(ac) the extent to which it would assist in protecting the discloser from adverse consequences relating to the disclosure if the disclosure were a public interest disclosure;

(ad) the principle that disclosures by public officials should be properly investigated and dealt with;

(ae) the nature and seriousness of the disclosable conduct;

(a) any risk that the disclosure could cause damage to any of the following:

(i) the security of the Commonwealth;

(ii) the defence of the Commonwealth;

(iii) the international relations of the Commonwealth;

(iv) the relations between the Commonwealth and a State;

(v) the relations between the Commonwealth and the Australian Capital Territory;

(vi) the relations between the Commonwealth and the Northern Territory;

(vii) the relations between the Commonwealth and Norfolk Island;

(b) if any of the information disclosed in the disclosure is Cabinet information-the principle that Cabinet information should remain confidential unless it is already lawfully publicly available;

(c) if any of the information disclosed in the disclosure was communicated in confidence by or on behalf of:

(i) a foreign government; or

(ii) an authority of a foreign government; or

(iii) an international organisation;

the principle that such information should remain confidential unless that government, authority or organisation, as the case may be, consents to the disclosure of the information;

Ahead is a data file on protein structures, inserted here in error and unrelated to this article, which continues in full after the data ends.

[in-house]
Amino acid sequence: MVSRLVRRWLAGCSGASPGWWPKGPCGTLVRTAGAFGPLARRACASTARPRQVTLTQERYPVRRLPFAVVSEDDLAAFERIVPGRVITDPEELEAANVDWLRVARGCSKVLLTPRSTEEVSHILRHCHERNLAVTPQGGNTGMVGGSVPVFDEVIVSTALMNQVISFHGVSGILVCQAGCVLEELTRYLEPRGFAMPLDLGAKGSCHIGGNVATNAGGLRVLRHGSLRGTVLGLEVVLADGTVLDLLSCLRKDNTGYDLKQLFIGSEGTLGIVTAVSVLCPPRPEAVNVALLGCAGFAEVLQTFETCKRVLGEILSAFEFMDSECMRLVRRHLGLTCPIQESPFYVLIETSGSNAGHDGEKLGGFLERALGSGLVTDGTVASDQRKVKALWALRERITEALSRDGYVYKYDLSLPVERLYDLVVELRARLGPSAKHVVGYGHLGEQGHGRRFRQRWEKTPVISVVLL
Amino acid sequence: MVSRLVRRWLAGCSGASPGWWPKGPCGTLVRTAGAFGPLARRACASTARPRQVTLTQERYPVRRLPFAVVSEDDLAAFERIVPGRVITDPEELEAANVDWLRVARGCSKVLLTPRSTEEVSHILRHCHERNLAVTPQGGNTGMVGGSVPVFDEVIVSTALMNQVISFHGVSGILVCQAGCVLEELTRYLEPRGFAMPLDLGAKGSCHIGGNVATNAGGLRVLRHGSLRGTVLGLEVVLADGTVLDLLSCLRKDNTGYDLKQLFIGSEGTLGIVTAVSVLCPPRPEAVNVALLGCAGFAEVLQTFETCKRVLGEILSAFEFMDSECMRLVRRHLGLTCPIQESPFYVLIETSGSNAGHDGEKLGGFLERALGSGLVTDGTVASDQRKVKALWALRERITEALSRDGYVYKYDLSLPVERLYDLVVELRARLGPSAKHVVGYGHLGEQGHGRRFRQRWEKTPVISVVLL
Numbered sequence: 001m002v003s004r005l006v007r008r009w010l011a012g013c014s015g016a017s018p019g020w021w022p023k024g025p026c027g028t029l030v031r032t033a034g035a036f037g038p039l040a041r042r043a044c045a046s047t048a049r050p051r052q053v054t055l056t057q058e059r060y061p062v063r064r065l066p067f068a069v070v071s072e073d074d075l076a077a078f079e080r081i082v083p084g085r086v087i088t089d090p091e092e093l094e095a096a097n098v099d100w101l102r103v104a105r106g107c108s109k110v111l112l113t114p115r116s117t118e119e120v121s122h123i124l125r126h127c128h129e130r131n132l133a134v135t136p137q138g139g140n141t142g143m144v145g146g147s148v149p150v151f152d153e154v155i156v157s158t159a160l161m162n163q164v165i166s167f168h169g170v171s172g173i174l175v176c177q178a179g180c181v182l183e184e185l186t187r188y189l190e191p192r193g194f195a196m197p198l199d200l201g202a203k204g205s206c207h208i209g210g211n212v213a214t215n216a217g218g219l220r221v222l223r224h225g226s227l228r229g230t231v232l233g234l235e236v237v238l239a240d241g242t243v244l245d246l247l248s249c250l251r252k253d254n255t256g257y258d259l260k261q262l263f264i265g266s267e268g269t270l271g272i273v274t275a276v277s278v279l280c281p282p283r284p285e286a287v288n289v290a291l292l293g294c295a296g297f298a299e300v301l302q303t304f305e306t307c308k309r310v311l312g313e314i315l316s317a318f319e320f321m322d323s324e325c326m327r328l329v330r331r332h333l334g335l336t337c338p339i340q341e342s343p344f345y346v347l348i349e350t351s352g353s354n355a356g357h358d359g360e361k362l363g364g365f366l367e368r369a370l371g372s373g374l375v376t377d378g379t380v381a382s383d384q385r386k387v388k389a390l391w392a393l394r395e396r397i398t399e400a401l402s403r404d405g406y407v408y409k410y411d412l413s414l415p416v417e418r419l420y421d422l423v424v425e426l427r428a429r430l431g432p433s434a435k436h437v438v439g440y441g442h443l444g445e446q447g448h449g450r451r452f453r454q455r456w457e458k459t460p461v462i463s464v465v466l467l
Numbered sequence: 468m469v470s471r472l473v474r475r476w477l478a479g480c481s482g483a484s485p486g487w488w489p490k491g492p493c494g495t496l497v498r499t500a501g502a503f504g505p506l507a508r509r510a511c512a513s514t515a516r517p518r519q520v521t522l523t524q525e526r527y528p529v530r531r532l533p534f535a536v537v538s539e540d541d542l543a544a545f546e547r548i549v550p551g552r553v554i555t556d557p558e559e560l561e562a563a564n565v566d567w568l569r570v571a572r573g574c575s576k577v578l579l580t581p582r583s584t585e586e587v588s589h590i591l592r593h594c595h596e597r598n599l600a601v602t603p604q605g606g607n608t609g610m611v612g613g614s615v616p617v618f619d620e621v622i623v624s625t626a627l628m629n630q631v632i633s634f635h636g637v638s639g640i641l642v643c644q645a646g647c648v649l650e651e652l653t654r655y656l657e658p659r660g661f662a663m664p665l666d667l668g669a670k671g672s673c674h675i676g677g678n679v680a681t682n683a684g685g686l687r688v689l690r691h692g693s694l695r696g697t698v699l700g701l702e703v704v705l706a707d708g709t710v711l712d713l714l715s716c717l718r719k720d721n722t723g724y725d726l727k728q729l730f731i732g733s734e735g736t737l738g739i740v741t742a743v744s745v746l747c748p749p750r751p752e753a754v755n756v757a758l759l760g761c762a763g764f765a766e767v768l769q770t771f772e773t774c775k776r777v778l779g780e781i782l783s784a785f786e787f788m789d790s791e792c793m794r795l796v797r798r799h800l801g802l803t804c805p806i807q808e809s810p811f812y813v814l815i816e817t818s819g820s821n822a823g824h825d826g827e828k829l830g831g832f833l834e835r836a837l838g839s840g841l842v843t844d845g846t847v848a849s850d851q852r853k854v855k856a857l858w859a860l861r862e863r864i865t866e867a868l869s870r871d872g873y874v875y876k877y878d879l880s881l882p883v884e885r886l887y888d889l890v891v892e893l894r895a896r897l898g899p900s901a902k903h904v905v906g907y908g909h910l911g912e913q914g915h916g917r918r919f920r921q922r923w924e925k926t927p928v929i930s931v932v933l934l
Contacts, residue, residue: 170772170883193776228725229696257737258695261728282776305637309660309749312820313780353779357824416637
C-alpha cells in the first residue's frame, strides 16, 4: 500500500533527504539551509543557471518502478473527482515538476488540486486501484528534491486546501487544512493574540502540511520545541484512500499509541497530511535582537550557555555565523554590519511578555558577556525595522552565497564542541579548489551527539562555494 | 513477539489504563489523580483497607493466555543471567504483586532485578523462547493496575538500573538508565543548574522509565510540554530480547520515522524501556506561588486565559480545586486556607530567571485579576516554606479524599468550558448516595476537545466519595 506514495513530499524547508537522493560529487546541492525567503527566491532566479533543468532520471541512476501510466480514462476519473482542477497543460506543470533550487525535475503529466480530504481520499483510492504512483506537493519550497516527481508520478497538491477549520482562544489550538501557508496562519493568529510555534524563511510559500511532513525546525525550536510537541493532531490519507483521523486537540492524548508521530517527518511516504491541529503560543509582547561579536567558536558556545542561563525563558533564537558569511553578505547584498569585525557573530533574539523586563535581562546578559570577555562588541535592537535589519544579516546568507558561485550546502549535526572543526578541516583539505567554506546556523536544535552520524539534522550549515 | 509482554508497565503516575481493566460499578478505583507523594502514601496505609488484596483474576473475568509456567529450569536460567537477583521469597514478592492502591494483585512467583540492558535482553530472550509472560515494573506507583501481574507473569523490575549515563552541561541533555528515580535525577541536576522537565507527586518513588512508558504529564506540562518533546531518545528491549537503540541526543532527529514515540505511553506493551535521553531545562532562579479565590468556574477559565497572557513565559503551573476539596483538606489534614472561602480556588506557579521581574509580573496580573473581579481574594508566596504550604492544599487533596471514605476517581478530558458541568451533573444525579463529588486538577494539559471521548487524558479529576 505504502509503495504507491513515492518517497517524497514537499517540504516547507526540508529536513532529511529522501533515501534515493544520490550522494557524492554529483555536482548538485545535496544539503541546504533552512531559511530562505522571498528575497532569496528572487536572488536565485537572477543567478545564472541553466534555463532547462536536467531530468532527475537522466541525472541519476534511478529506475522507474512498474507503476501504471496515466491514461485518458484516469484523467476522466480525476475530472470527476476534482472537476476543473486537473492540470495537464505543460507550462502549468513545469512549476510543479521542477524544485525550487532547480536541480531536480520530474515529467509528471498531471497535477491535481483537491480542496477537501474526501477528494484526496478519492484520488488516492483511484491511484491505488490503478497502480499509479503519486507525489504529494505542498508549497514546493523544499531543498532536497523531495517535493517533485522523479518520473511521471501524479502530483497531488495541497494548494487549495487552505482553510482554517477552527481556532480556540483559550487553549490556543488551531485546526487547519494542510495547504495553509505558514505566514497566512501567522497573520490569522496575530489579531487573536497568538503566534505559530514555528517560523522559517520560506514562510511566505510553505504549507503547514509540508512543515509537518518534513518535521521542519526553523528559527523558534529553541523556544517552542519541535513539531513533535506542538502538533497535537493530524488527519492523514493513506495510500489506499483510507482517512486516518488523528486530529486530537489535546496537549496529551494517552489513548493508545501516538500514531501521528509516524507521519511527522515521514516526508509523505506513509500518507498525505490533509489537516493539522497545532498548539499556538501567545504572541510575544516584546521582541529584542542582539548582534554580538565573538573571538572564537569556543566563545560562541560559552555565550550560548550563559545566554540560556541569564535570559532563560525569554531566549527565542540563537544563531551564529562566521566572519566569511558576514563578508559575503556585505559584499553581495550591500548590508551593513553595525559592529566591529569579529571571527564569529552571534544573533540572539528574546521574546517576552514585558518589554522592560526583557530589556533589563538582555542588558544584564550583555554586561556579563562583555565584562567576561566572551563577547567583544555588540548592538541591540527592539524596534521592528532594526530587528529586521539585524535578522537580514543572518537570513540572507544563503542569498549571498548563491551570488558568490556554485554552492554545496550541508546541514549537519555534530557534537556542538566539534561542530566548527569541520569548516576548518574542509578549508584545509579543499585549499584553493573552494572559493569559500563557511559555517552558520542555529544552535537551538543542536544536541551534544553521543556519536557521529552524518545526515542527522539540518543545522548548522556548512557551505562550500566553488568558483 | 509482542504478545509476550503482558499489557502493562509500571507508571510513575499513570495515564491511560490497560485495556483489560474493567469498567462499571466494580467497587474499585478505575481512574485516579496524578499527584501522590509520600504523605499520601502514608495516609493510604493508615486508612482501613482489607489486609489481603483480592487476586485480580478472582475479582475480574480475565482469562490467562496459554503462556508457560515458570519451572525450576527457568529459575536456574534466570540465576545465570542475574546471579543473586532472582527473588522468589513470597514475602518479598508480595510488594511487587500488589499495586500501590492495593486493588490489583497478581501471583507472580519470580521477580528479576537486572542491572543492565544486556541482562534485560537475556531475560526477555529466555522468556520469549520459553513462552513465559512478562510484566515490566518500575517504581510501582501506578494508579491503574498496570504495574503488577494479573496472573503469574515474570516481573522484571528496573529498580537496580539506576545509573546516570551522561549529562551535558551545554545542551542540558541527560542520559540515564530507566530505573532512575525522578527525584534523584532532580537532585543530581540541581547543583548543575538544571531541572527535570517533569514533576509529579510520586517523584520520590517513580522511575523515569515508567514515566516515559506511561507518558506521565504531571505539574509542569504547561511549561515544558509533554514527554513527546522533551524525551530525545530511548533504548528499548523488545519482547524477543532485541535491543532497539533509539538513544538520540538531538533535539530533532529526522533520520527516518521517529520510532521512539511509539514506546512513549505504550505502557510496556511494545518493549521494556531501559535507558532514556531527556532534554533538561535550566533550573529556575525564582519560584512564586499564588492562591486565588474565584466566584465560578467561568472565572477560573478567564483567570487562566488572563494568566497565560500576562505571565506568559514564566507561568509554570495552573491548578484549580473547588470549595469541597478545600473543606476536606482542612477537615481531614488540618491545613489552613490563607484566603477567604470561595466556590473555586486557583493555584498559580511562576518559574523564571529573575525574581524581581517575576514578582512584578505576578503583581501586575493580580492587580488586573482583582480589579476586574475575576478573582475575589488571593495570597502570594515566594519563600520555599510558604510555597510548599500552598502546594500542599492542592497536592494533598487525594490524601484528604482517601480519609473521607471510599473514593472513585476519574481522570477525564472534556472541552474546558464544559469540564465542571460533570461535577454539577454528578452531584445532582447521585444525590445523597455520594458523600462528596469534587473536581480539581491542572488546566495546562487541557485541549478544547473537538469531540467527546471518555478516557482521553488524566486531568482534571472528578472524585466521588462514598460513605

(d) any risk that the disclosure could prejudice the proper administration of justice;

(e) the principle that legal professional privilege should be maintained;

(f) any other relevant matters.

27. An allegation is a public interest disclosure if:

(a) it is made by a person who makes a disclosure of information that is a public interest disclosure under section 26; and

(b) it is made to the recipient of that disclosure in conjunction with that disclosure; and

(c) it is an allegation to the effect that the information disclosed concerns one or more instances of disclosable conduct.

28. (1) A public interest disclosure may be made orally or in writing.

(2) A public interest disclosure may be made anonymously.

(3) A public interest disclosure may be made without the discloser asserting that the disclosure is made for the purposes of this Act.

Referenced Legislation: Public Interest Disclosure Act (2013)